“Parliament has jurisdiction to enact this law as a matter of national concern,” the Supreme Court of Canada said in its ruling Thursday, which was supported by six of nine judges. “This matter is critical to our response to an existential threat to human life in Canada and around the world.”
The decision means the country’s most ambitious environmental policy to date, which would see the baseline price on carbon rise to C$170 ($135) per metric ton by 2030, will stand.
The ruling is key to Canada’s goal of reaching net-zero emissions by 2050. It’s also a victory for Trudeau, who came to power in 2015 pledging to tackle climate change, but has faced strong opposition from the fossil-fuel sector and oil-rich western provinces like Alberta.
“There should be no question as to whether climate change is real, or whether climate action is the right thing to do for the planet, for jobs and as human beings,” Environment Minister Jonathan Wilkinson said in an emailed statement. “The question is whether this decision will put an end to the efforts of Conservative politicians fighting climate action in court, and whether they will join Canadians in fighting climate change.”
Alberta Premier Jason Kenney criticized the decision, lashing out in a news conference at “Ottawa elites” who don’t respect western interests. “We will continue to fight for our provincial power,” he said, without specifying whether he’d setup a provincial carbon pricing mechanism. “The notion that Alberta is the bad actor in the federation is the opposite of the reality. We have been the leaders from Day One.”
Canada, like the U.S., has pledged to get to net-zero emissions by 2050. While a blow for the country’s oil sector, the ruling provides a road map and removes uncertainty on Canada’s emissions policy.
“Carbon pricing is the biggest, most effective tool” for Canada to meet its global climate commitments, said Richard Florizone, chief executive officer of the International Institute for Sustainable Development, a Winnipeg-based think tank. “I’d encourage companies to look at the long term, to look where the global economy is going and therefore where the Canadian economy is going.”
Canada produces more greenhouse gas per capita than almost all the world’s top emitters. Geography works against it: distances are vast, temperatures extreme and the population relatively small. Although it’s helped by an abundance of clean hydroelectric power, it’s hurt by an historic dependence on extractive natural resources. Factor in emissions generated outside Canada when the fuel exported from its oil sands is actually burned, and its carbon footprint gets larger still.
Until recently, provincial resistance to the carbon tax was, to some extent, bolstered by climate-backtracking in the U.S. under former President Donald Trump, which in turn fed fears energy investment would flow south. The election of President Joe Biden, whose near-immediate cancellation of the Keystone XL pipeline established his climate priorities, has shifted that dynamic. Since then, the two leaders have begun working to deepen cooperation around climate.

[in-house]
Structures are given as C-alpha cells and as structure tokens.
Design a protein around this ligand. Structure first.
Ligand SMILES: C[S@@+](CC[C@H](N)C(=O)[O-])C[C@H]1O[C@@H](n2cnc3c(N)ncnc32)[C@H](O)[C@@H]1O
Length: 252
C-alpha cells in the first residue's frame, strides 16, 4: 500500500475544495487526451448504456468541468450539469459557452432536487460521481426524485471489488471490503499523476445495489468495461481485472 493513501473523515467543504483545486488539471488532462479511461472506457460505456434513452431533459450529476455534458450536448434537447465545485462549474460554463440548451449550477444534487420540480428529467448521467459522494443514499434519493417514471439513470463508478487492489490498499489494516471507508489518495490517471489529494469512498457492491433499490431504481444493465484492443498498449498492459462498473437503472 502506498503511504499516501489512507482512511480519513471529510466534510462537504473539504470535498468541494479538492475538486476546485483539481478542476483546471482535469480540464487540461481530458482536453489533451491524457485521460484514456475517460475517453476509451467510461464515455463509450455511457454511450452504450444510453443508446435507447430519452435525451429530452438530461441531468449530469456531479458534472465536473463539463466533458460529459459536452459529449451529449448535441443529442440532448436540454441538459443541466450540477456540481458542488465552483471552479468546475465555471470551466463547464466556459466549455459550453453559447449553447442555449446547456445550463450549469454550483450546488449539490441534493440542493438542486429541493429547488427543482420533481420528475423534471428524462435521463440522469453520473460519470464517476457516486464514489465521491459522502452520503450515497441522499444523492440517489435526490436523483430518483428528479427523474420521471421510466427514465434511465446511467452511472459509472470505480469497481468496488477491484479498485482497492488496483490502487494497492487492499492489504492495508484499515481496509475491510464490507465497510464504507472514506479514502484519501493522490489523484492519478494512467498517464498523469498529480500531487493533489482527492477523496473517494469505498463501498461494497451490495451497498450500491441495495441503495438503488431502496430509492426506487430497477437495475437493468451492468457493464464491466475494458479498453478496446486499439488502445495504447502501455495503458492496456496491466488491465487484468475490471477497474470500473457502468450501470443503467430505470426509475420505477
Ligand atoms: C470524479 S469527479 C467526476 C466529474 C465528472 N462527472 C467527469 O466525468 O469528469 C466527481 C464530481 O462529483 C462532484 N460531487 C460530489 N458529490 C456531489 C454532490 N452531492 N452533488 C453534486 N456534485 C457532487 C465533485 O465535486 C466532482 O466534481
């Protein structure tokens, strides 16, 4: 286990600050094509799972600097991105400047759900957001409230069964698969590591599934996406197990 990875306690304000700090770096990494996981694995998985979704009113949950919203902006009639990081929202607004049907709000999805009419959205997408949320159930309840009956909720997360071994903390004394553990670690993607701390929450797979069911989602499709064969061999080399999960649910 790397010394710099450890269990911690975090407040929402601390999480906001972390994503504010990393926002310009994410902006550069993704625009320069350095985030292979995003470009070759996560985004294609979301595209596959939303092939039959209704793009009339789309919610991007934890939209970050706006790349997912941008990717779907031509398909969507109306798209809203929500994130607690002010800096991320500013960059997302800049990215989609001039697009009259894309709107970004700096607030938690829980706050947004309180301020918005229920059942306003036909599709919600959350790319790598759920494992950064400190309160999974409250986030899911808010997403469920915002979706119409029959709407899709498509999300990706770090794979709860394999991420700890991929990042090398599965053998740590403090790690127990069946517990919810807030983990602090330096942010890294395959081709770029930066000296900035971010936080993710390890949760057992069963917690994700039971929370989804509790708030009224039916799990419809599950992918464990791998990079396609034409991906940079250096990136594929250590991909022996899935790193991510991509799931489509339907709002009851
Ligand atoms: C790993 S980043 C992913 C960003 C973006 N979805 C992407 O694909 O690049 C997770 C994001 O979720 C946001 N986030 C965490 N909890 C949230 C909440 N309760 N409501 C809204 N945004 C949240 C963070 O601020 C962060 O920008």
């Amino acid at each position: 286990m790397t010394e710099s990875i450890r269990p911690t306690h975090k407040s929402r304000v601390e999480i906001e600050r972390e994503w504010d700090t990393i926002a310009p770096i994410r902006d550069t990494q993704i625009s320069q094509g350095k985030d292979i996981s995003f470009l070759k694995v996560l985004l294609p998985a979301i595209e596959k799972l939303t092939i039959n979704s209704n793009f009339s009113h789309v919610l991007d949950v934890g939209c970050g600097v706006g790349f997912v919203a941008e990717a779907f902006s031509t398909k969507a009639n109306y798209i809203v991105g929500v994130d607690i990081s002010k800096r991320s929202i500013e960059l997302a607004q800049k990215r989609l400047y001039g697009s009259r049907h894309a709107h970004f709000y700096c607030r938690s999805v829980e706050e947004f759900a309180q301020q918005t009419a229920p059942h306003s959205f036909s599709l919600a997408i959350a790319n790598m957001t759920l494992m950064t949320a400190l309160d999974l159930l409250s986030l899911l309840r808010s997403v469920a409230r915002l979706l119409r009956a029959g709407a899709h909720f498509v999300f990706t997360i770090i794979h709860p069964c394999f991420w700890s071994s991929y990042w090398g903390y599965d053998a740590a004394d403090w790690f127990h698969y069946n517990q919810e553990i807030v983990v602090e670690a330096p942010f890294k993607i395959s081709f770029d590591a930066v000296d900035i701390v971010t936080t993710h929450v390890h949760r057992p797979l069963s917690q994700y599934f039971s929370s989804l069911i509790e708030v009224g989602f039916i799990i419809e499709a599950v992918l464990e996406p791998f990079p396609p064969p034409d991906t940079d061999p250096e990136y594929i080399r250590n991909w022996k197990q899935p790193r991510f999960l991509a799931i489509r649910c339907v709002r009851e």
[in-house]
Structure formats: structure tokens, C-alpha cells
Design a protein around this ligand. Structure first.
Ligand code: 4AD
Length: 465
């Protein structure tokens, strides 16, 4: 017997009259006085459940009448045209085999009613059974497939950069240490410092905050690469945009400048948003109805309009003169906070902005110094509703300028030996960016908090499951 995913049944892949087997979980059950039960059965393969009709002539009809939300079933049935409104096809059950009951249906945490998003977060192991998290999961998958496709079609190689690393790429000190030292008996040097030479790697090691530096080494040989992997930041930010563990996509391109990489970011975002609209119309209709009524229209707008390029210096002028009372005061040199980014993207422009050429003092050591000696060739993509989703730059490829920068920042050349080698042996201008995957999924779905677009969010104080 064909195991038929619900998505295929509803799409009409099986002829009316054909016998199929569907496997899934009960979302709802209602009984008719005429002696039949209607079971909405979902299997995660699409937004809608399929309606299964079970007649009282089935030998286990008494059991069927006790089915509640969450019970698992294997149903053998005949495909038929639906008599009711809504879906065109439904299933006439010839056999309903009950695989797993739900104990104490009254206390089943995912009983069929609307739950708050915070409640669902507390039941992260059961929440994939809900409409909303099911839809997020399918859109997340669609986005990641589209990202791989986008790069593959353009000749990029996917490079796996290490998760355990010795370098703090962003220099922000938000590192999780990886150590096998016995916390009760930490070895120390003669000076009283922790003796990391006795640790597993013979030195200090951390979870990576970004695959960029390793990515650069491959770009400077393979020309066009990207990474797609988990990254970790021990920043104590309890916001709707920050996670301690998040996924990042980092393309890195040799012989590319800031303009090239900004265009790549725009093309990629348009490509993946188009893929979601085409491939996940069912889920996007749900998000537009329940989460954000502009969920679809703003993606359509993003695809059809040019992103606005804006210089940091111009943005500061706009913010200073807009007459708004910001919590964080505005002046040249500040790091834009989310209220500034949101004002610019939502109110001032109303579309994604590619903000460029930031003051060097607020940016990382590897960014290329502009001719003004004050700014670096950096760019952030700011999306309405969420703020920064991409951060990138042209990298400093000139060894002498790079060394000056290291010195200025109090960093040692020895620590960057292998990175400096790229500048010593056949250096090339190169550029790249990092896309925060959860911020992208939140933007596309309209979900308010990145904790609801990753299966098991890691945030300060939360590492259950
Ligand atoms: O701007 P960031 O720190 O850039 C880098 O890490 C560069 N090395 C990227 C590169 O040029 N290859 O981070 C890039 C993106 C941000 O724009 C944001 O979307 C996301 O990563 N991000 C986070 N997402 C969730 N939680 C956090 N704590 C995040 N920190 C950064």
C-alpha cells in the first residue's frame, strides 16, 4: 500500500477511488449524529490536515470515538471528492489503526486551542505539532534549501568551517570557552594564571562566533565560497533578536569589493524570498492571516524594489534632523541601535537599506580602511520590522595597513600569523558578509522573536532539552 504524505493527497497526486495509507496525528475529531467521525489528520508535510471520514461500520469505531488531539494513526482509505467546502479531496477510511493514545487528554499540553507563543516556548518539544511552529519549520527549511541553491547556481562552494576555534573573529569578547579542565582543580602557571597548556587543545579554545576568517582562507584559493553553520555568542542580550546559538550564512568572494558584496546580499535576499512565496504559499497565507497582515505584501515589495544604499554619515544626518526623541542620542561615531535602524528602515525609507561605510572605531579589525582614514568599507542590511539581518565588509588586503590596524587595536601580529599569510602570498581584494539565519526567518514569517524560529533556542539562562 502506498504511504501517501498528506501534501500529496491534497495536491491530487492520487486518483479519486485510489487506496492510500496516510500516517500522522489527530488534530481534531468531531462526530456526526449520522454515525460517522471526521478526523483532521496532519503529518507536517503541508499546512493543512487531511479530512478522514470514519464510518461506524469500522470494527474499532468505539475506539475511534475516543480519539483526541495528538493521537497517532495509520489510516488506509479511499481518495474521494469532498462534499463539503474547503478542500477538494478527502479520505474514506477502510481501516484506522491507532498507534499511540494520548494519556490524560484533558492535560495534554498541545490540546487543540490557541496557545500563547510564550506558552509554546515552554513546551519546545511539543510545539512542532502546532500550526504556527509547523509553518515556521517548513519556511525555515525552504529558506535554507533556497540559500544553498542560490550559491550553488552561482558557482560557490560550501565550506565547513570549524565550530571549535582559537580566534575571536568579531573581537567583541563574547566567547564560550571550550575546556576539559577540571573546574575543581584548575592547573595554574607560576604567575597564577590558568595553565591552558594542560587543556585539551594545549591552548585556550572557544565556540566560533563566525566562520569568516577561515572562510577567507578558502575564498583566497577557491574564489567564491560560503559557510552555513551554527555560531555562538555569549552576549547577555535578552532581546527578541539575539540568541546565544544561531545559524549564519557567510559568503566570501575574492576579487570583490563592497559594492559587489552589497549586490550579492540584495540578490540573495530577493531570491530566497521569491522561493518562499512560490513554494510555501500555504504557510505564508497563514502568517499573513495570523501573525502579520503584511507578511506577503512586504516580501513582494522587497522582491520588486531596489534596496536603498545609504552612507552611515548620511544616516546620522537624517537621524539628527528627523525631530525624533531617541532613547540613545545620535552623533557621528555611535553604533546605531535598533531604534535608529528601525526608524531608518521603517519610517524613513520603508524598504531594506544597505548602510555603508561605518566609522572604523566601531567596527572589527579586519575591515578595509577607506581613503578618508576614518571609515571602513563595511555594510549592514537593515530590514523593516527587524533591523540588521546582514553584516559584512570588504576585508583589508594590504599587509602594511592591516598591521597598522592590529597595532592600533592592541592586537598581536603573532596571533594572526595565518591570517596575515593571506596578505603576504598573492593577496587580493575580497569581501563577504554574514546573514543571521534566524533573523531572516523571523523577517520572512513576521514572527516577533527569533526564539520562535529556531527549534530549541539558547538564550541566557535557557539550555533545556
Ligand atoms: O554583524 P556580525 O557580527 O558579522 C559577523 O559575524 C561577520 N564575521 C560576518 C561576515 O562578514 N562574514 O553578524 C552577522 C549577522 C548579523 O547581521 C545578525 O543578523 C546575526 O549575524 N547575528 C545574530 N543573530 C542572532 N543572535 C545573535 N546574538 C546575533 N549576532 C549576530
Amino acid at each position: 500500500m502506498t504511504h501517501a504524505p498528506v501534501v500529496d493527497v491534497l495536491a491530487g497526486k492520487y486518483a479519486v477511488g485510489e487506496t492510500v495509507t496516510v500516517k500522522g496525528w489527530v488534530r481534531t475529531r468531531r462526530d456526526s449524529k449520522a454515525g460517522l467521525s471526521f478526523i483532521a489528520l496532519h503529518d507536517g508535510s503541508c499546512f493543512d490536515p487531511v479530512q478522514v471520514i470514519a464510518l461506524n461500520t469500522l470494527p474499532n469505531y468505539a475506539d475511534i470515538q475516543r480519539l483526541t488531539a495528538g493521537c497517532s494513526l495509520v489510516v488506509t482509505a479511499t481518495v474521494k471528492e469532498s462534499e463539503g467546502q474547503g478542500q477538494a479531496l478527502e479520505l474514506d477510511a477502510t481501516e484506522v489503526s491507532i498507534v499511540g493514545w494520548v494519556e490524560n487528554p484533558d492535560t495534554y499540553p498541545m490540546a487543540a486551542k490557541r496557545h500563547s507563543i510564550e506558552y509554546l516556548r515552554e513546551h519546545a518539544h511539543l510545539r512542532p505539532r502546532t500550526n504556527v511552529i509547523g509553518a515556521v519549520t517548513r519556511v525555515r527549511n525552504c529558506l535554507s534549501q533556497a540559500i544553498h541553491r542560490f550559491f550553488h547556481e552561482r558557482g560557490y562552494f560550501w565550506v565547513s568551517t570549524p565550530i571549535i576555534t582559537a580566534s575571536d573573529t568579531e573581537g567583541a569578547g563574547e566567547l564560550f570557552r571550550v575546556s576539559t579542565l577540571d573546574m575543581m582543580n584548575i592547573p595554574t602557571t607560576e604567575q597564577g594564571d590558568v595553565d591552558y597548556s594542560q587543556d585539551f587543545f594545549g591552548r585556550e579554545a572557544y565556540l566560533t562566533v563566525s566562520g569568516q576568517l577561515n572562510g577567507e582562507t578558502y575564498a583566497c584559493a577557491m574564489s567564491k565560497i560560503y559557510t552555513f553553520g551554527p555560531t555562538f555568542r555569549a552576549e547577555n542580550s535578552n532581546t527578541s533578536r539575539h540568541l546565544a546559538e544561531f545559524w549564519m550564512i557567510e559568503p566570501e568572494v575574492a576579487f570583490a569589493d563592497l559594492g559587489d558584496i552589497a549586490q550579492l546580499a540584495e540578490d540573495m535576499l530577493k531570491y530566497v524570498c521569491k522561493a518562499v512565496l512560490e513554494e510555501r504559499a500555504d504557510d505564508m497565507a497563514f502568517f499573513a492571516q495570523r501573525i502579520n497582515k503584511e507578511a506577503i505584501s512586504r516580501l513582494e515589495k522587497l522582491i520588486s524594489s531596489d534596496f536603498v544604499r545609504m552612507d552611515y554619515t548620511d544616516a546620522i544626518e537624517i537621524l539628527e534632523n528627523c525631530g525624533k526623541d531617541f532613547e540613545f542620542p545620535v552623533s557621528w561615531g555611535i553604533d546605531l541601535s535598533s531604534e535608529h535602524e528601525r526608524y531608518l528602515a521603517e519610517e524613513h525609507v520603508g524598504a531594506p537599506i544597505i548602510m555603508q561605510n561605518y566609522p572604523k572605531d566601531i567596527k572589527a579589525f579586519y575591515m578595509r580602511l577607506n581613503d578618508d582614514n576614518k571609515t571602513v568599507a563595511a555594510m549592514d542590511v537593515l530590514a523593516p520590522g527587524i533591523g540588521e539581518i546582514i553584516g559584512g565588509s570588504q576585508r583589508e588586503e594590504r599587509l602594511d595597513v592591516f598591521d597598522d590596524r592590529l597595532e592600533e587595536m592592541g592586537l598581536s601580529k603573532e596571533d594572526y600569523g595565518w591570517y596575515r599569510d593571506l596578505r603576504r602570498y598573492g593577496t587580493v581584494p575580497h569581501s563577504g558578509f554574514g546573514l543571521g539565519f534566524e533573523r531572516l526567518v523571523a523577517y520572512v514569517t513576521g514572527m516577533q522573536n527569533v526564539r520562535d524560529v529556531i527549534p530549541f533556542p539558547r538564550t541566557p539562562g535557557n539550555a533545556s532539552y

In 2016, Trudeau announced Canada’s plan to slash emissions would be centered on a national, but flexible, price for carbon. Provinces would be allowed to choose whether to adopt cap-and-trade systems, carbon taxation, or a mix of both. By 2018, though, some provinces were pushing back, leading Trudeau to impose a carbon tax on four that had balked at implementing their own: Ontario, Alberta, Saskatchewan and New Brunswick. That led to provincial appeals and ultimately to this week’s Supreme Court ruling.
The decision upholds legislation that is meant to be a backstop, only kicking in if provinces fail to meet the national emissions benchmarks on their own, said Nathalie Chalifour, professor of environmental law at the University of Ottawa. “I think the message is very clear that there’s a role for both provinces and parliament to act on this issue.”
The Greenhouse Gas Pollution Pricing Act is composed of two parts: a surcharge on various types of fuel and combustible waste and a carbon pricing system for industrial emitters. The latter is based on targets set relative to the sector’s current average: companies that produce more than the target either pay a tax or can buy credits from those who do better. A key selling point of the act was that much of the revenue would flow to individual Canadians in the form of a rebate, more than compensating them for the higher-cost of fuel.
That rebate structure disproportionately hurts small businesses, according to Dan Kelly, president of the Canadian Federation of Independent Businesses. “Small firms simply cannot afford a further increase in their overall tax burden, especially as many remain in full lockdown or subject to significant Covid-19 related restrictions.”
The Canadian Chamber of Commerce also expressed concerns. “Understanding that the federal carbon tax and its incremental increases on the price on carbon over the following decades are here to stay is one thing,” said Aaron Henry, the lobby group’s senior director of natural resources and sustainable growth. “Ensuring businesses are able to successfully navigate a carbon price with confidence is quite another.” Businesses will need sustainable finance and public policy supports to weather the tax, he said.
The initial C$20 per metric tonne charge was equivalent to 4.42 cents per liter of gasoline, with the aim of boosting that to C$50 by 2022. In December 2020, Trudeau said Canada would more than triple that target price by 2030, bringing the government more in line with the incoming U.S. administration.
“Global climate change is real, and it is clear that human activities are the primary cause,” the court said in its ruling. “The effects of climate change have been and will be particularly severe and devastating in Canada.”